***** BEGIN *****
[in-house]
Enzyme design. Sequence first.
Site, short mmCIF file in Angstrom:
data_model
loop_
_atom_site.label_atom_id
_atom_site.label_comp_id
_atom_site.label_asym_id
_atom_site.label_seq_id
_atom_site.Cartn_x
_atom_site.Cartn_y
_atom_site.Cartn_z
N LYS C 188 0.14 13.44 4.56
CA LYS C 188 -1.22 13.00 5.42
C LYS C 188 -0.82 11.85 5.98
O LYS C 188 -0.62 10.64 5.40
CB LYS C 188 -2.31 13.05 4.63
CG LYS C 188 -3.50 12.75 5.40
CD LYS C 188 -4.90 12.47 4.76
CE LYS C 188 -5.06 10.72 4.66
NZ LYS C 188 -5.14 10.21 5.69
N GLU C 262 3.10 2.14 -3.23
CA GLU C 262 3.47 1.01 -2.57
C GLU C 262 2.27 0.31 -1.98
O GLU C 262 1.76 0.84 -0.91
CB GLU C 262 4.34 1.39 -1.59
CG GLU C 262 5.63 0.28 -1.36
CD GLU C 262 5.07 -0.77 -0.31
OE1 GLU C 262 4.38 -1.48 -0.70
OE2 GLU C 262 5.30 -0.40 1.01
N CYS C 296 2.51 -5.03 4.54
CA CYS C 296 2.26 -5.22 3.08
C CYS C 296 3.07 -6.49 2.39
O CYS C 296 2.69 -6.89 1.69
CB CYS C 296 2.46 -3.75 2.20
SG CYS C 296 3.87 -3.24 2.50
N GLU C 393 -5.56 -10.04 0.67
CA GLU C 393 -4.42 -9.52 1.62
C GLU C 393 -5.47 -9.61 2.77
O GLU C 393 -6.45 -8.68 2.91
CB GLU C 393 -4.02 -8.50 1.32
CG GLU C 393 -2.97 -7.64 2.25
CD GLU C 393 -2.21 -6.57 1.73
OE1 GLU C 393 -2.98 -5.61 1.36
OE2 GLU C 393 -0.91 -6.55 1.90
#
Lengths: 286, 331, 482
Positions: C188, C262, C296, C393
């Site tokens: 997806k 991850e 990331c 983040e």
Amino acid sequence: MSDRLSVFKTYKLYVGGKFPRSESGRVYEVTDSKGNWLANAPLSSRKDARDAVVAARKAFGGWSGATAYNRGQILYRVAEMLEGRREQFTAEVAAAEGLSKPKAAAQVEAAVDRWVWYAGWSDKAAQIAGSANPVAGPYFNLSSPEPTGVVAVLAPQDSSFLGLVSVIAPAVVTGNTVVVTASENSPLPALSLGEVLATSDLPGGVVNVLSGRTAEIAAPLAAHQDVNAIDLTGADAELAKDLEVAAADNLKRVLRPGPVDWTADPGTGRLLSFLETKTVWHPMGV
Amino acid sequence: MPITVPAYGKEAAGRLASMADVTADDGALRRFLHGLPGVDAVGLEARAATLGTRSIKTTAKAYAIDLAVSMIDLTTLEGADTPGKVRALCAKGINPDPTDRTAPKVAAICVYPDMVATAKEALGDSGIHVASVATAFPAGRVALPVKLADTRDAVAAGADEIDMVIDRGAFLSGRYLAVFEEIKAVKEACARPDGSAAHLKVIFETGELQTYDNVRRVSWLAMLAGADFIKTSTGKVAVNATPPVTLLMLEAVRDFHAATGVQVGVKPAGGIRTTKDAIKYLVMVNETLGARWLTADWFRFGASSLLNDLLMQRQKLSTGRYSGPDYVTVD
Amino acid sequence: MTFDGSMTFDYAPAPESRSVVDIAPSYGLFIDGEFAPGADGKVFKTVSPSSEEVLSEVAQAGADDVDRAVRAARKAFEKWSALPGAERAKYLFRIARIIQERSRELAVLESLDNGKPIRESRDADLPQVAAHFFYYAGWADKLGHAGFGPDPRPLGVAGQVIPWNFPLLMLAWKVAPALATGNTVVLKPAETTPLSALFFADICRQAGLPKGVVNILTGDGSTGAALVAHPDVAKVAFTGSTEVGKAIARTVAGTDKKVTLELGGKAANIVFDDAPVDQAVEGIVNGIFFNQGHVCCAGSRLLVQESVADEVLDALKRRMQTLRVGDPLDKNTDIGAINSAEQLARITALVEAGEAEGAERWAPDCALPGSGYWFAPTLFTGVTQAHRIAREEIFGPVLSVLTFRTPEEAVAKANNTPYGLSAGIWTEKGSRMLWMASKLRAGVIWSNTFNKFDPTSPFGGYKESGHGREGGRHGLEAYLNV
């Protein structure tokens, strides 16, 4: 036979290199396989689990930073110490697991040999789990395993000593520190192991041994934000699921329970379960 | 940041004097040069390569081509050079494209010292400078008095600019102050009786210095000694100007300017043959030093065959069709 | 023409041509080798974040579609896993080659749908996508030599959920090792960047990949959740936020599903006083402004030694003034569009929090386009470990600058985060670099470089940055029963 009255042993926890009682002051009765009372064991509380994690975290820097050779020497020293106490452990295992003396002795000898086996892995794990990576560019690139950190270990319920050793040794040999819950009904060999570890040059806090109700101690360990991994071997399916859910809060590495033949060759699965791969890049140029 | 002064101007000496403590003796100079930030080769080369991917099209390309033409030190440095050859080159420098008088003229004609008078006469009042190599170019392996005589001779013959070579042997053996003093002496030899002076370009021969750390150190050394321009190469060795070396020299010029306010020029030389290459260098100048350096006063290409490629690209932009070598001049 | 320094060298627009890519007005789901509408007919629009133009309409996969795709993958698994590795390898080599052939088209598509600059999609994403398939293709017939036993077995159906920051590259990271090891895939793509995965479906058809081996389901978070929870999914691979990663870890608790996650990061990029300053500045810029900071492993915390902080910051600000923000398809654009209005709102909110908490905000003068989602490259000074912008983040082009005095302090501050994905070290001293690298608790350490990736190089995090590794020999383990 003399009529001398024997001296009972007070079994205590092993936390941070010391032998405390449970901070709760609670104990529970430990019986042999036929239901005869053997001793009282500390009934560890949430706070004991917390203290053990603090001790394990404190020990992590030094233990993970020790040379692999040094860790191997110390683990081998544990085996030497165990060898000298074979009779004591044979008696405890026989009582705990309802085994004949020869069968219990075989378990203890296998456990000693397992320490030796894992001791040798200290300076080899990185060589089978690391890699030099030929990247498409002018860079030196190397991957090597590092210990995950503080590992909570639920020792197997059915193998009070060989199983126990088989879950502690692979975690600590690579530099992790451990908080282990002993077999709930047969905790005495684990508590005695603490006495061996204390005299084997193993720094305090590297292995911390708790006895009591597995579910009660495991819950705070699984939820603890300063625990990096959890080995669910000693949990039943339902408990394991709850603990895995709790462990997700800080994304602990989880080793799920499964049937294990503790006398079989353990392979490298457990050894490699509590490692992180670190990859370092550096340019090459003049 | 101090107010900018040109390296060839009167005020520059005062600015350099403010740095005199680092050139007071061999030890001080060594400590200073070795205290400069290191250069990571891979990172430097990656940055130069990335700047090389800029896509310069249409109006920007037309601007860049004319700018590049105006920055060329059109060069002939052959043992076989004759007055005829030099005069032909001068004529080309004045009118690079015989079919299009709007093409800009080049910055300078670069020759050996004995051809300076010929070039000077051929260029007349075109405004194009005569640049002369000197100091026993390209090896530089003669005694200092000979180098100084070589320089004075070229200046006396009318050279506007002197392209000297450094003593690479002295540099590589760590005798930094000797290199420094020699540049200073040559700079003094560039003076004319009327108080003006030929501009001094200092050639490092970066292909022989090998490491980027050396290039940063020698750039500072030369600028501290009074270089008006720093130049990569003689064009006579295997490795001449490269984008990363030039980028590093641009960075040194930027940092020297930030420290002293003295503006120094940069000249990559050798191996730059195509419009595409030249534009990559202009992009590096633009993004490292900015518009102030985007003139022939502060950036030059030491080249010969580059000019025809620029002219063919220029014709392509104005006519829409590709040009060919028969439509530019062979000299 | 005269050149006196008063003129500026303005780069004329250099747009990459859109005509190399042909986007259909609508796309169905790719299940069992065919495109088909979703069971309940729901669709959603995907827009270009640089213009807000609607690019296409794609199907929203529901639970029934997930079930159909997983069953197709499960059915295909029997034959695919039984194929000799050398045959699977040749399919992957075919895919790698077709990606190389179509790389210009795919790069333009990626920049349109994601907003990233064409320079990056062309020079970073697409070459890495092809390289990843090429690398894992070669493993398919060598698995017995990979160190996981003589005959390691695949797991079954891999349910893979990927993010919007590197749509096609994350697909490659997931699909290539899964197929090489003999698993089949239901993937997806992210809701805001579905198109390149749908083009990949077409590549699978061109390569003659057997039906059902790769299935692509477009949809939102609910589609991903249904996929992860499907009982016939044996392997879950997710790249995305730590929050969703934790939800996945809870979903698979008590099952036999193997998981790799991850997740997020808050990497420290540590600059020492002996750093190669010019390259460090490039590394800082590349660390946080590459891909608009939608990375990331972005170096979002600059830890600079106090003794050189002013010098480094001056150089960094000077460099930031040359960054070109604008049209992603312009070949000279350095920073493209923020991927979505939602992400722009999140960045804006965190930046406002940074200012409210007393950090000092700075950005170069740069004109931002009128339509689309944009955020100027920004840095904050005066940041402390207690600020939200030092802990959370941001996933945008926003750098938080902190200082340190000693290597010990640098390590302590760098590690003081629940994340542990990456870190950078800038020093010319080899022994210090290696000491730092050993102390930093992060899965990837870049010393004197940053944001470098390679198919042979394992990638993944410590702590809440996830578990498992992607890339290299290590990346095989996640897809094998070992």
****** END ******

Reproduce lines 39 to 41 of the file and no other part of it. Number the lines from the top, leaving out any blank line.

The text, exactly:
C GLU C 393 -5.47 -9.61 2.77
O GLU C 393 -6.45 -8.68 2.91
CB GLU C 393 -4.02 -8.50 1.32